Living Rooms and Family Rooms
These rooms are likely to be used for entertaining, so they should be appealing and stimulating whenever possible. These rooms are also likely to be the most polished ones in the house and often need to be ready to impress.
Therefore, investing in Roman shades, or even more elaborate combinations of shades and curtains, tends to pay off best in living rooms. If you hold parties regularly, this is the style to go for.
At the same time, living rooms are also usually located on the ground level and within direct sight of nearby streets. This means that you should also consider more private, light-blocking models for your living room. If you also hold parties regularly, mechanized roller shades will save you the hassle of interrupting the conversation to close the curtains.
Bedrooms are the most private part of a house. They also need to be dark and quiet enough, especially if you are a late riser or a shift-worker. Blackout shutters and honeycomb shades will significantly increase your sleep quality, as they block a large amount of noise and light alike.
On the other hand, it’s best to keep pleated or bamboo models away from bedrooms. Pleats and bamboo tend to gather dust, which can create problems for any allergy sufferers.
Kitchens and Dining Areas
Any rooms where you eat or cook are going to be continuously exposed to heat, oil splatters, and strong smells. Therefore, it’s best to avoid blinds altogether here or to use only washable, light materials. Steer clear from rolled up or Roman shades that would be difficult to disassemble.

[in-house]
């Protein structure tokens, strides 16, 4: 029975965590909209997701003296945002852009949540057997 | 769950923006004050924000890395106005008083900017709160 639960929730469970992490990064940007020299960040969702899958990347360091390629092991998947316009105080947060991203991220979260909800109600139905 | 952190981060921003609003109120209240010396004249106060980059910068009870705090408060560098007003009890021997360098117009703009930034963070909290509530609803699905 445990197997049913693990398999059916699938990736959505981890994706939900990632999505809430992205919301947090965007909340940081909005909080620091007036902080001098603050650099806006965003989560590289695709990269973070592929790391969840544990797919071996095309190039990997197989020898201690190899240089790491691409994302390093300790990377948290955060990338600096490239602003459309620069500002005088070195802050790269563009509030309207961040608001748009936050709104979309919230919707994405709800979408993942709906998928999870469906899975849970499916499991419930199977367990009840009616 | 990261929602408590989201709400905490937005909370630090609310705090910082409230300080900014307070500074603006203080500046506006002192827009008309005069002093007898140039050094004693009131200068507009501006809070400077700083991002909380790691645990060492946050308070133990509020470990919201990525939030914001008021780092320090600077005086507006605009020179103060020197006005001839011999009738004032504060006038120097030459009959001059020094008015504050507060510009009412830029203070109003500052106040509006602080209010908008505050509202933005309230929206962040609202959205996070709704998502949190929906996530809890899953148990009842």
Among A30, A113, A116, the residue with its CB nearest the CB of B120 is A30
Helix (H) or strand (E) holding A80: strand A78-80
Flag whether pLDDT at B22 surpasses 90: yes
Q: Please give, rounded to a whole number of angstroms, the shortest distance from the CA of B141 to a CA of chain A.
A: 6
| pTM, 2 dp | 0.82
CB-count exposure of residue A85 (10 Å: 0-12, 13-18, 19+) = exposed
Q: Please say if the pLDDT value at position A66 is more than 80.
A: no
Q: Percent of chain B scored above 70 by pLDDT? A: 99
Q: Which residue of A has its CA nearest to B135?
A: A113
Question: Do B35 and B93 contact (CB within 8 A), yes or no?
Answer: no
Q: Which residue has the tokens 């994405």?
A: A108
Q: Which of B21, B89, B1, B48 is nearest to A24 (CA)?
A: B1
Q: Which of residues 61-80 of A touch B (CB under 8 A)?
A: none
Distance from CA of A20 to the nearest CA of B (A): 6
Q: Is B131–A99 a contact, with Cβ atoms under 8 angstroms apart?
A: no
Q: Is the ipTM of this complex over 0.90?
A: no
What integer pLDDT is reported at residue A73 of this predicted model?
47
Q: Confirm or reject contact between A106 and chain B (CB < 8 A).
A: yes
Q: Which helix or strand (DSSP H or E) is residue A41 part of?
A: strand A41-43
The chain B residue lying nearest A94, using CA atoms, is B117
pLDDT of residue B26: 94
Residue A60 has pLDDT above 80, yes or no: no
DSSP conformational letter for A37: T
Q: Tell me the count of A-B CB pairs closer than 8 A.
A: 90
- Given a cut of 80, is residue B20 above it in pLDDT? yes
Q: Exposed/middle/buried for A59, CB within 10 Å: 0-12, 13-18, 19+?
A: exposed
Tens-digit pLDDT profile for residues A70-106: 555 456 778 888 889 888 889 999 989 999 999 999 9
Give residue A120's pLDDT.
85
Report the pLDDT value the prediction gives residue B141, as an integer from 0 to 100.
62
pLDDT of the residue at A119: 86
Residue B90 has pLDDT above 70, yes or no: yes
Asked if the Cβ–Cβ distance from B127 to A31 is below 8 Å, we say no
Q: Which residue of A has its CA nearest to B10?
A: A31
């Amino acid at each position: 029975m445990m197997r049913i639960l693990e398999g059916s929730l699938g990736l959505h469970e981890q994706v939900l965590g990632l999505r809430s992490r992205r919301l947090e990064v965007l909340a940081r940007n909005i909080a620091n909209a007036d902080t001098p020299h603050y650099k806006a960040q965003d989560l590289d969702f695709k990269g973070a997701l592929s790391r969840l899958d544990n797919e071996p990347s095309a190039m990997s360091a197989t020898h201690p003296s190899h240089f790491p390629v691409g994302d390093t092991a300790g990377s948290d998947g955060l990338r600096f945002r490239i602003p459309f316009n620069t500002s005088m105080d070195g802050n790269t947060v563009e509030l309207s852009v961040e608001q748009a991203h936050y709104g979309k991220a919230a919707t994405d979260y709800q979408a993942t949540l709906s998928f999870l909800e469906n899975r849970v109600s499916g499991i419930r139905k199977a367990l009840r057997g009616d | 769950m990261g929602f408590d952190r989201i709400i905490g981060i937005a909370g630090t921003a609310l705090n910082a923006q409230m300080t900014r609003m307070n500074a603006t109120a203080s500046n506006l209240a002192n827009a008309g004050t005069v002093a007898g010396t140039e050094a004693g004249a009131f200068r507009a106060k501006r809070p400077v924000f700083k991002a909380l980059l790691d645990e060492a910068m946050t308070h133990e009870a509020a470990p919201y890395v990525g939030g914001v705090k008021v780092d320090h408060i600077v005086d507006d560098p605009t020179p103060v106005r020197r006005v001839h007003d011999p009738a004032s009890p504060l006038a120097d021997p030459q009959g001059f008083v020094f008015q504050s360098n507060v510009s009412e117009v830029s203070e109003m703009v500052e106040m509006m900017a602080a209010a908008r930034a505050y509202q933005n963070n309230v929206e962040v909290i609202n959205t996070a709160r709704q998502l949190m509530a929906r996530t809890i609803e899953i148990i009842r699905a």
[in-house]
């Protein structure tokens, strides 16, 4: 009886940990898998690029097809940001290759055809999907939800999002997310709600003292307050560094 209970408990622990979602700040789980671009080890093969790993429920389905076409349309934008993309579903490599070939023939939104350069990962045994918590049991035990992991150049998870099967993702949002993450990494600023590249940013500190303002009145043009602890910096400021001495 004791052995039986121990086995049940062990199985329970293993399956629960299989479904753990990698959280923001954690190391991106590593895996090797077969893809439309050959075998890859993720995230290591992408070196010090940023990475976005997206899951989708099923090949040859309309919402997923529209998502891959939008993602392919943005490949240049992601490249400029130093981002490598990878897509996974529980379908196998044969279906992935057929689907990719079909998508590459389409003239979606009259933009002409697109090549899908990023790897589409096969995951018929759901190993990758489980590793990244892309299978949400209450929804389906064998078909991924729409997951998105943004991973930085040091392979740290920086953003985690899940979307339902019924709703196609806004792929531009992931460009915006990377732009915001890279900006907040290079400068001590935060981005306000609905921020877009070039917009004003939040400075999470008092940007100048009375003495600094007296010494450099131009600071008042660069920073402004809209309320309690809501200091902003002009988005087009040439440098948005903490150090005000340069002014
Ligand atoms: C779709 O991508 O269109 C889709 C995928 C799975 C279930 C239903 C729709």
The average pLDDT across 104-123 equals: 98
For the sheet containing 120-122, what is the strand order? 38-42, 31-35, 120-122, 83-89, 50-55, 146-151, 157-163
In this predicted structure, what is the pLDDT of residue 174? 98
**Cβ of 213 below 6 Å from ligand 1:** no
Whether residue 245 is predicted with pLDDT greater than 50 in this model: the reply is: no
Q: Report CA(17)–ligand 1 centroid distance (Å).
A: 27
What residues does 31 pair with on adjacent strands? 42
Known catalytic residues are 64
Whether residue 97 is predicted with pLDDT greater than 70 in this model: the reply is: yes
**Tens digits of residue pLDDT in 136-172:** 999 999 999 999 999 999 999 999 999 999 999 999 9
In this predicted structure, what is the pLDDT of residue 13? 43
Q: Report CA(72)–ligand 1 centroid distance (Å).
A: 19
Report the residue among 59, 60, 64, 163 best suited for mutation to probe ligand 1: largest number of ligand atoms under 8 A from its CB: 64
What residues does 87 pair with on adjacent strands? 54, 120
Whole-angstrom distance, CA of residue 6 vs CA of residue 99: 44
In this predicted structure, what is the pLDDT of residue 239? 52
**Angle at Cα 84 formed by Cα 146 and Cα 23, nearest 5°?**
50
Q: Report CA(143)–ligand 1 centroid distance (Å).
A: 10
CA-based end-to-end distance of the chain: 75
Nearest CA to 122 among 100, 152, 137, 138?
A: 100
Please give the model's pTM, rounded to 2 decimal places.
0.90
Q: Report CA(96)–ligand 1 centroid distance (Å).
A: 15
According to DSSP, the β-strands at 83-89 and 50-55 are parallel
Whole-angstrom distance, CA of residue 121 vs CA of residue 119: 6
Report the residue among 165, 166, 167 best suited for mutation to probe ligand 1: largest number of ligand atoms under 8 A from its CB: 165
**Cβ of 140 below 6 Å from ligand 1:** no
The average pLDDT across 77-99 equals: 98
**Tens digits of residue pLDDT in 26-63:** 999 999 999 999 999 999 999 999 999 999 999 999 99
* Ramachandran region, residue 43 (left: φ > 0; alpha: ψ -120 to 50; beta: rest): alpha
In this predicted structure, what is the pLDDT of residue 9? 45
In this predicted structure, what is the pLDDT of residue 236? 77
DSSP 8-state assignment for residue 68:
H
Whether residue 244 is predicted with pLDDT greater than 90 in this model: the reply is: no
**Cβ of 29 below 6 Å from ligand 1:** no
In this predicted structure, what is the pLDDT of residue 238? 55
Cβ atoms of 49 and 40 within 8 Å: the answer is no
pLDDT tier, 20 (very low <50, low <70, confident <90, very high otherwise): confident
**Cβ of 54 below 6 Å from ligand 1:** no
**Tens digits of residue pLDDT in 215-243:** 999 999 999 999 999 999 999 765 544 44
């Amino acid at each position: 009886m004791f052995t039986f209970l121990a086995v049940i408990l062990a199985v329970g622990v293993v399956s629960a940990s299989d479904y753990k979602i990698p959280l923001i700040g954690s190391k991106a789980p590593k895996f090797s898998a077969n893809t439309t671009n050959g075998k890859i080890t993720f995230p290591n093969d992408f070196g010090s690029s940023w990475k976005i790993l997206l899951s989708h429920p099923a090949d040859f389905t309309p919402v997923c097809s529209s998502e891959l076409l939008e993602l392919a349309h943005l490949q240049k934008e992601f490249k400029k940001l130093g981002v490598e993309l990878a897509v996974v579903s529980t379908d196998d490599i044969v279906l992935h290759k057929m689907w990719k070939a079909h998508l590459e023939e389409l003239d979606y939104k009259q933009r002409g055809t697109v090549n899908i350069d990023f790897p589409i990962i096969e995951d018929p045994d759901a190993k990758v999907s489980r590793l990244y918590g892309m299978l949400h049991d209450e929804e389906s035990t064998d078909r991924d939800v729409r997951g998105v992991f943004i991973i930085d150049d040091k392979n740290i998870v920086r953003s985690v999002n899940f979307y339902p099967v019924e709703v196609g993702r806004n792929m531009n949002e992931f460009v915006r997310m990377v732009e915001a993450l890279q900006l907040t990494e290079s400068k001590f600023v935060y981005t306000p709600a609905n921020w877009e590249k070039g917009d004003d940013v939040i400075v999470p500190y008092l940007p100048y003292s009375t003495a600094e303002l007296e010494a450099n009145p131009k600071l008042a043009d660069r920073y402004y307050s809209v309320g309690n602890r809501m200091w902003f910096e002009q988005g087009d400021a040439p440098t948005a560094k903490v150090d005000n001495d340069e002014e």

Choosing window shades for any room is a major decision and one that deserves thought and care. Windows naturally draw the eyes of visitors and passers-by alike, so it’s important to choose harmonious colors that match their surroundings. Beyond esthetics, window shades also play an important practical role: they will allow you to control and alter the amount of light that comes into any room, protect it from prying eyes, and even from extreme temperatures.
Before ordering whichever window shades are on sale, make sure to consider all the factors mentioned above. However, don’t take any “décor rule” as gospel: at the end of the day, your home is your castle, and it should serve your needs and tastes before those of anybody else.
Like painting a room, you can also change your shades every couple of years or rotate them to give your rooms a fresh, new look. You may want to change them with the seasons to match or complement your seasonal or holiday decorating style.